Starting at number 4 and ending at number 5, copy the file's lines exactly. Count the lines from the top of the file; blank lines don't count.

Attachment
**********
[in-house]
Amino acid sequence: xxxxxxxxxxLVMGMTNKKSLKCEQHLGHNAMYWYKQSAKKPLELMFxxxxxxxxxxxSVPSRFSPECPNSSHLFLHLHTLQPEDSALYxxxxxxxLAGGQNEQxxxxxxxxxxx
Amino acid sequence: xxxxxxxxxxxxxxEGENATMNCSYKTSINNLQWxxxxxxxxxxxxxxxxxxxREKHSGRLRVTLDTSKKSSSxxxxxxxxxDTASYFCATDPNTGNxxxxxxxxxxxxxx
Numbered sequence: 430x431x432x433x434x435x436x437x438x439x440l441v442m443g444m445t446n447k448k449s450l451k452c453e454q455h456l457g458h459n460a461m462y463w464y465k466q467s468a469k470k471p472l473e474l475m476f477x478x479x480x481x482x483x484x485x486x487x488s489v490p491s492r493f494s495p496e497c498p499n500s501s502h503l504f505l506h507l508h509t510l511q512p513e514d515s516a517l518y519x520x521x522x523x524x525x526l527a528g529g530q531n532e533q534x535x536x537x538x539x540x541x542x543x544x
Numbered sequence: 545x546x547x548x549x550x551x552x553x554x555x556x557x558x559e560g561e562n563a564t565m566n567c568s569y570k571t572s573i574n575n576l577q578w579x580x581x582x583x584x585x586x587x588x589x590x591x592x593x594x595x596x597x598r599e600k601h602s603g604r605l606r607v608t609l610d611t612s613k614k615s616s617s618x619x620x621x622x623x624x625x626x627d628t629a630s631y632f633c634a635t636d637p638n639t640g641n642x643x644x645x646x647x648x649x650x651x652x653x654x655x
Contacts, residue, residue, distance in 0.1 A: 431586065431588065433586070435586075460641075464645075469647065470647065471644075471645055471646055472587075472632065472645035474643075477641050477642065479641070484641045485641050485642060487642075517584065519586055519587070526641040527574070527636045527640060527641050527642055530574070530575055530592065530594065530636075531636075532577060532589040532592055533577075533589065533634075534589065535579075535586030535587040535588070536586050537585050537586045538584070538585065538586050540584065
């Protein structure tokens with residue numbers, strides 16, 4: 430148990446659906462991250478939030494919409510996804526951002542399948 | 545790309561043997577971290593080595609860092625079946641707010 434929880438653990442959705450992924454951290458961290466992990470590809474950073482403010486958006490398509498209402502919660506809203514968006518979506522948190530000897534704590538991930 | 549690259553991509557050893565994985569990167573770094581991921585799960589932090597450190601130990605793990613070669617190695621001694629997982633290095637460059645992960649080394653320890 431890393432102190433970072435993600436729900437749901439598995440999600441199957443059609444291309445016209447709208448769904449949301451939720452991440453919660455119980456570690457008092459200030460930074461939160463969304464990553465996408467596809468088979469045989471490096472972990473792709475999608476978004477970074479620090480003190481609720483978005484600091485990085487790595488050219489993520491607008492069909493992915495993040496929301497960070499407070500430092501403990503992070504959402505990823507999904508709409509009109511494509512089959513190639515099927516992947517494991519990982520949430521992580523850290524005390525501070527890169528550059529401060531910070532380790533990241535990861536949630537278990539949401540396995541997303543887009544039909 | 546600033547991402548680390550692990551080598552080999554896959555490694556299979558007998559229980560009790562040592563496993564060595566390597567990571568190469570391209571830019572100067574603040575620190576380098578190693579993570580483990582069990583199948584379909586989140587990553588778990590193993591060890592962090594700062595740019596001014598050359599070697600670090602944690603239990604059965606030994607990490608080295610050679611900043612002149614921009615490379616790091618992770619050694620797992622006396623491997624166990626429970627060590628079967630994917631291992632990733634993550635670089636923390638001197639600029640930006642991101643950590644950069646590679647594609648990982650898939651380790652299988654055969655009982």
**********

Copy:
Numbered sequence: 430x431x432x433x434x435x436x437x438x439x440l441v442m443g444m445t446n447k448k449s450l451k452c453e454q455h456l457g458h459n460a461m462y463w464y465k466q467s468a469k470k471p472l473e474l475m476f477x478x479x480x481x482x483x484x485x486x487x488s489v490p491s492r493f494s495p496e497c498p499n500s501s502h503l504f505l506h507l508h509t510l511q512p513e514d515s516a517l518y519x520x521x522x523x524x525x526l527a528g529g530q531n532e533q534x535x536x537x538x539x540x541x542x543x544x
Numbered sequence: 545x546x547x548x549x550x551x552x553x554x555x556x557x558x559e560g561e562n563a564t565m566n567c568s569y570k571t572s573i574n575n576l577q578w579x580x581x582x583x584x585x586x587x588x589x590x591x592x593x594x595x596x597x598r599e600k601h602s603g604r605l606r607v608t609l610d611t612s613k614k615s616s617s618x619x620x621x622x623x624x625x626x627d628t629a630s631y632f633c634a635t636d637p638n639t640g641n642x643x644x645x646x647x648x649x650x651x652x653x654x655x